In the Canadian press if you don't work for one of the intertwined four print media companies you are an outsider; if you in anyway challenge their markets, you are a threat, and subject to slander, phone hacking, being followed by private investigators, and any other technique they can devise to drag you through the mud.
Hopper, as a loyal peon to that establishment loves to jump in with the mud flinging as soon as the opportunity arises (as demonstrated yesterday). Ironically his career in journalism started at the Yukon News, which remained independent till 2013 before selling to Black Press (one of the aforementioned media corporations) and sadly we lost yet another of the few remaining independents.
But it is entrepreneurs like Ken Shortt, who launched Yukon News in 1960, that Hopper is instructed to slander and consider the enemy. Unaware (apparently) that independent business men built up hundreds of community newspapers across the country, and in turn gave many thousands of young journalists their first job.
I, unlike Hopper, have hired young reporters and mentored interns, who had asked to work with my publication because it was one of the few non-corporate publications (that plus we were a lot better than the pablum our competitors put out).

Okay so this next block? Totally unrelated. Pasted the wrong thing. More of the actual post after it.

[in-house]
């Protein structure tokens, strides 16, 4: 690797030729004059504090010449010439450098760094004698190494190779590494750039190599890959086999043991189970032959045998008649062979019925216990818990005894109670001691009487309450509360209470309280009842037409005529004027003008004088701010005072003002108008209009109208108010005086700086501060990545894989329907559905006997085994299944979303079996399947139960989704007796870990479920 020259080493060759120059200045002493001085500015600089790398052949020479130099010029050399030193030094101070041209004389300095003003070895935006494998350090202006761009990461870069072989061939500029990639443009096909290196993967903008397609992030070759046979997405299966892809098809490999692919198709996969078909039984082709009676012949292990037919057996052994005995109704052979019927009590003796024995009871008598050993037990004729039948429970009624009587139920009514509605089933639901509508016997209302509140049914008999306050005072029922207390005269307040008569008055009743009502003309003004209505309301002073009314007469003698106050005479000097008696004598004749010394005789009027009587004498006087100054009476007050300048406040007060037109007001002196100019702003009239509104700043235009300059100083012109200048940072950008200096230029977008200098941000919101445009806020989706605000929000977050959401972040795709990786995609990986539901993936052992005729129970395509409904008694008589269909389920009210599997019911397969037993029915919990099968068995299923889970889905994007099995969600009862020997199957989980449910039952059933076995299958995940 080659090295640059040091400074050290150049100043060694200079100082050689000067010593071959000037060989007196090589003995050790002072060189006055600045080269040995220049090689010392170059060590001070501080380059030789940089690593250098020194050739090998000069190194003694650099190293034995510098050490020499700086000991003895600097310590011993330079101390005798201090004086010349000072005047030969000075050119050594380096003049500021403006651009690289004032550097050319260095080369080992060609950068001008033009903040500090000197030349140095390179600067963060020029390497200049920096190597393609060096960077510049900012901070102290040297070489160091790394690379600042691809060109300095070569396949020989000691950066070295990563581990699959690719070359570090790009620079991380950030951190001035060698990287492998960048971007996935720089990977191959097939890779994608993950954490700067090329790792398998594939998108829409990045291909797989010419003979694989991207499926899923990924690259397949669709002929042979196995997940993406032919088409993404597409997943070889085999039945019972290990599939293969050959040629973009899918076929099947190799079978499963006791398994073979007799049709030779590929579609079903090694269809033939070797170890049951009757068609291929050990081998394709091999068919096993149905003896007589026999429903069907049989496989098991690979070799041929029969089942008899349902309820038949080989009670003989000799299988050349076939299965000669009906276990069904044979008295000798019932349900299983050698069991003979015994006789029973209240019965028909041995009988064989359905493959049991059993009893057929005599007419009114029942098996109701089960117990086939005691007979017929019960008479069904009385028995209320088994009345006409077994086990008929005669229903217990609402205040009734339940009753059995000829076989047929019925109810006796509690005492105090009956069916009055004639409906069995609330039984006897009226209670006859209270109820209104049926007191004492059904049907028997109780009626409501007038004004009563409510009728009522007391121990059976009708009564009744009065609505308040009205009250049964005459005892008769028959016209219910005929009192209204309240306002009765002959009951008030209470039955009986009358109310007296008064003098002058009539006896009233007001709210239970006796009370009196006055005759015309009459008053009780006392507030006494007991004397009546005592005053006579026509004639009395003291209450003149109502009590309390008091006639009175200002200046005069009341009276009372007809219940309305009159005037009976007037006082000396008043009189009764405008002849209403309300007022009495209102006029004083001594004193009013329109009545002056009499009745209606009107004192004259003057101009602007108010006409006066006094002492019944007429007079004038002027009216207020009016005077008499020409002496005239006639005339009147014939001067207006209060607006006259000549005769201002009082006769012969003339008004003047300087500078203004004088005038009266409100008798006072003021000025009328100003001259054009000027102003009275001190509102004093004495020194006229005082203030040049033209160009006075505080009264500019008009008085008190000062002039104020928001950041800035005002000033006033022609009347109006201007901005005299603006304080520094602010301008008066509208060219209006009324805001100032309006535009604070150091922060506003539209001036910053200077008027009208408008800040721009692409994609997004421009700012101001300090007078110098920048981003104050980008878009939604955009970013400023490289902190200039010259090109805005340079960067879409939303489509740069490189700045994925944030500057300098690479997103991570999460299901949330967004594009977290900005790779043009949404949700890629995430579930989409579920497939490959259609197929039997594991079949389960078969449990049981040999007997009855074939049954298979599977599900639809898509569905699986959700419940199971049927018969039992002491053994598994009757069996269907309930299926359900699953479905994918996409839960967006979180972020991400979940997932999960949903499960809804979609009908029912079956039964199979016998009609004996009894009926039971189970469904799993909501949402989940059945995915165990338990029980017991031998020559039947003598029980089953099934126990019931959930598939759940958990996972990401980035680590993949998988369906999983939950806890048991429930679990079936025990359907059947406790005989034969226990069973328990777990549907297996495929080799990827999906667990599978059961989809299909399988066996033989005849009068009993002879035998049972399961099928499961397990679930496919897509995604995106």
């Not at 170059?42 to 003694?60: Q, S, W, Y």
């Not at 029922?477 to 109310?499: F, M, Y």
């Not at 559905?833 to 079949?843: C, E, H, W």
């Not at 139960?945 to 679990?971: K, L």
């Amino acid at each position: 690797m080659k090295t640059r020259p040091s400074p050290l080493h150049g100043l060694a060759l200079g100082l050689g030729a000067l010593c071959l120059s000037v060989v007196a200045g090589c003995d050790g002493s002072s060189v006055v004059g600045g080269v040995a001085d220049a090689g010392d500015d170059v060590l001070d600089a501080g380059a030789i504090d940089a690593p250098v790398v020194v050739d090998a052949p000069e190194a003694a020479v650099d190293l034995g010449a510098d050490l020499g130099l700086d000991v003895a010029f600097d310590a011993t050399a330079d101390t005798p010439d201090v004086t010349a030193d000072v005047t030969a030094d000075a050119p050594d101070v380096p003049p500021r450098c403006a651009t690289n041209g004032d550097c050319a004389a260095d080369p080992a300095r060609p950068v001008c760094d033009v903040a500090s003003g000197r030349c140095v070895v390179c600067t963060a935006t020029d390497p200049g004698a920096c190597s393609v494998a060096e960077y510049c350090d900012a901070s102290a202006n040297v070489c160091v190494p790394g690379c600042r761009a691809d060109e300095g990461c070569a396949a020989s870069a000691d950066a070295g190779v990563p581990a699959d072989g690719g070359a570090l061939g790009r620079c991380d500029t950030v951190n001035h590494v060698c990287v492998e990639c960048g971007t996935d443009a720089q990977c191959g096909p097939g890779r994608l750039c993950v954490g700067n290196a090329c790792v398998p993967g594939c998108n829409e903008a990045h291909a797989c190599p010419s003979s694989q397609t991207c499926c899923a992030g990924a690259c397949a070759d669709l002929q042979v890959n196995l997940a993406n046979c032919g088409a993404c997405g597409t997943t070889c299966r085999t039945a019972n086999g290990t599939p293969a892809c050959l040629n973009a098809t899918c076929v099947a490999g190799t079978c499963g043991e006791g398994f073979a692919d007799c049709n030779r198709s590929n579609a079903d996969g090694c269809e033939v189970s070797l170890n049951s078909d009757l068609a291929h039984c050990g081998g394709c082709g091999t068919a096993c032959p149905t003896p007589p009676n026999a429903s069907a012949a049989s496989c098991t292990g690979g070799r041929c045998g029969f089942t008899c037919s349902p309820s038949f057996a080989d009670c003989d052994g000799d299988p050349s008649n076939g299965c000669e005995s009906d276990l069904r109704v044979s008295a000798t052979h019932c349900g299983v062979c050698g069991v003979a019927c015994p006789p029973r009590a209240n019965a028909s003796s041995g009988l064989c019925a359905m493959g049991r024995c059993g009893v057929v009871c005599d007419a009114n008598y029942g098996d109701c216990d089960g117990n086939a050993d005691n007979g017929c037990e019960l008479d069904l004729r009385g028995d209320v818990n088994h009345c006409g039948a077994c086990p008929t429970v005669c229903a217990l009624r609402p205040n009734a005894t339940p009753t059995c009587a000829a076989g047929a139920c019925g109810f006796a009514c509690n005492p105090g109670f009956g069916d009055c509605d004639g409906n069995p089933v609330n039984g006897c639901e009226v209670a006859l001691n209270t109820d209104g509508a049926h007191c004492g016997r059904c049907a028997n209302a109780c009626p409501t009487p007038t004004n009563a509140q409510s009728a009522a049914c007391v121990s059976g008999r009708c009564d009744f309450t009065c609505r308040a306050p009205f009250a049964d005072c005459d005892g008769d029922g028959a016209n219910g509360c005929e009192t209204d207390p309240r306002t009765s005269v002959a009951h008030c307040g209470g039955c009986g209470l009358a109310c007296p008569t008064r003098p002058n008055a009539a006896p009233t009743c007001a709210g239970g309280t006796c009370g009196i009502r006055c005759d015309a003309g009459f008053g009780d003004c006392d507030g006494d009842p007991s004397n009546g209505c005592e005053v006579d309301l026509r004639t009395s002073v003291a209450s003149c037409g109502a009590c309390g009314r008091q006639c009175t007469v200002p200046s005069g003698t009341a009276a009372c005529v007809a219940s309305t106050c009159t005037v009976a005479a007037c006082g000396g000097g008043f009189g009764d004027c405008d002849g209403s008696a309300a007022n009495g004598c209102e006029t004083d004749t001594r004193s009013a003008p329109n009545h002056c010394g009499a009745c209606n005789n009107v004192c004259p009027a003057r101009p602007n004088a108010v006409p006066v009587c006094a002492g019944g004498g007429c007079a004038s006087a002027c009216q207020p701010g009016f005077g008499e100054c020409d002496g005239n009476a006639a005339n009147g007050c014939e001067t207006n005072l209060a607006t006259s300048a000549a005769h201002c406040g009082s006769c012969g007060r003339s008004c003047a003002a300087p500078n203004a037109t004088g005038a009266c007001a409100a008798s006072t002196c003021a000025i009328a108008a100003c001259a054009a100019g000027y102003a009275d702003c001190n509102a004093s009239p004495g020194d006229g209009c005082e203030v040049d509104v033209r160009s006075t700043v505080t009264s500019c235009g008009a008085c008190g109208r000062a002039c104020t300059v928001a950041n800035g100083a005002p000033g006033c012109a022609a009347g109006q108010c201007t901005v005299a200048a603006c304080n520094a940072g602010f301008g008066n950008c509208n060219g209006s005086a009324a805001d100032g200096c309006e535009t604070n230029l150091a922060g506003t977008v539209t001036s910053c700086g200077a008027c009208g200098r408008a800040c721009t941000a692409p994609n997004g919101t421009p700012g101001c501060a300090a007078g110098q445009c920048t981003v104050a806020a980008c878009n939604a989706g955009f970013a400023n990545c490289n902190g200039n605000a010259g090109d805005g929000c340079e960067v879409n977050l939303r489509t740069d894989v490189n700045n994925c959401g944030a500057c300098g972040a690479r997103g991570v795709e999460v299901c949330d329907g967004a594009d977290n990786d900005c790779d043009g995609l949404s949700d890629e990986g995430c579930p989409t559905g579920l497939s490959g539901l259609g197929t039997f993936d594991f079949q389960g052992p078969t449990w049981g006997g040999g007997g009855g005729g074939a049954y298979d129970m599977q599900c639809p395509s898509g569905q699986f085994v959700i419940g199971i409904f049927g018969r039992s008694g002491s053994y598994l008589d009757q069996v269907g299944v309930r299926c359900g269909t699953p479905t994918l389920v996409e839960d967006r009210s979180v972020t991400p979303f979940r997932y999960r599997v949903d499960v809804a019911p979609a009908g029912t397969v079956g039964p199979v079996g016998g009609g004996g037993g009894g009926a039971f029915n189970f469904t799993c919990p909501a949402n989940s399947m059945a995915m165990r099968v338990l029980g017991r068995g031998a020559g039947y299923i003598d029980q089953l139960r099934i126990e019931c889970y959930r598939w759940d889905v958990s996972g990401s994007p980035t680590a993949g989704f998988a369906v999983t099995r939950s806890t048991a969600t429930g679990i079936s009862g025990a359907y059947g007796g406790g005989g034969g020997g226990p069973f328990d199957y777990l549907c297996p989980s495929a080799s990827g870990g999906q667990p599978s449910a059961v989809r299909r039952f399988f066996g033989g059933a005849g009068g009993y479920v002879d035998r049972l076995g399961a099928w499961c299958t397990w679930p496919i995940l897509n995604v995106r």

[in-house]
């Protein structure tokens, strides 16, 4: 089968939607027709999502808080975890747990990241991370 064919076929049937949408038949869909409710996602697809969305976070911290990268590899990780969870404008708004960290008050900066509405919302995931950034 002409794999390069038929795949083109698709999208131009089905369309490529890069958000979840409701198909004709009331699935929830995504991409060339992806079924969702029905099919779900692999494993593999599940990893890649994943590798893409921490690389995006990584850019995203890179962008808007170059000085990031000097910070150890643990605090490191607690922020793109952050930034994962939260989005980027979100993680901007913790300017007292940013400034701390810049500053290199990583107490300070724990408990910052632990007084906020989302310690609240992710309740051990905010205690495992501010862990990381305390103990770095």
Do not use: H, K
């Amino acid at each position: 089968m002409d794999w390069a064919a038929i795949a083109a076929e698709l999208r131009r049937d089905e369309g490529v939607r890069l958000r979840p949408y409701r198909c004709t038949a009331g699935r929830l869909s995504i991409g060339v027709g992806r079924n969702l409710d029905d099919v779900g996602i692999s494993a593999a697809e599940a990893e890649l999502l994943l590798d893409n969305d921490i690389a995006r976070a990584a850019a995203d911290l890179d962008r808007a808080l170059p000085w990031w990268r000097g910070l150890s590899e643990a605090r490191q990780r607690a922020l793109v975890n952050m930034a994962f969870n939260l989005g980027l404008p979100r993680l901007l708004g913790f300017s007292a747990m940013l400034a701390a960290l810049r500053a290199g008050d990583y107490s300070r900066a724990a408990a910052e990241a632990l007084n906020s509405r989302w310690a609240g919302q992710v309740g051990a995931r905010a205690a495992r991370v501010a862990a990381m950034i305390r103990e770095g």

As part of the media establishment Hopper is given a short leash to write non-threatening articles that few people want to read, and therefore hasten the decline of print media into complete irrelevance. He is also (apparently) unaware, like so many of his colleagues that their smug satisfaction of having made it 'inside' the establishment is not nearly the achievement they think is. Journalism, despite what some people say, was never an honourable profession, it always attracted people with a certain broad moral compass, let us say. But they had personality, and their writing had personality, and more importantly they were fearless. Press barons in the golden age of the newspaper knew that hiring the best writing talent was a double edged sword, to retain the talent they accepted outspoken, boisterous men and women.
Today writers and reporters are barely tolerated (if they could put out flyers they would, but they need 30 percent editorial for tax purposes) experience and writing ability are very much secondary to docility. If one is a good boy or girl they might throw you an award, which are managed by members of the four dominant companies (so basically they're meaningless).
So Hopper plays the good boy and does his duty in defaming me as his corporate masters have instructed him. And, when the inevitable government bailout and nationalization of the newspaper industry happens in Canada, Hopper is, I suppose, hoping his obedience secures his continued employment. Maybe it will and maybe it won't, but certainly as press media continues its march to complete and full monopoly, Canadians will continue to be deprived of good journalism, critical information, and just the joy of a well written story.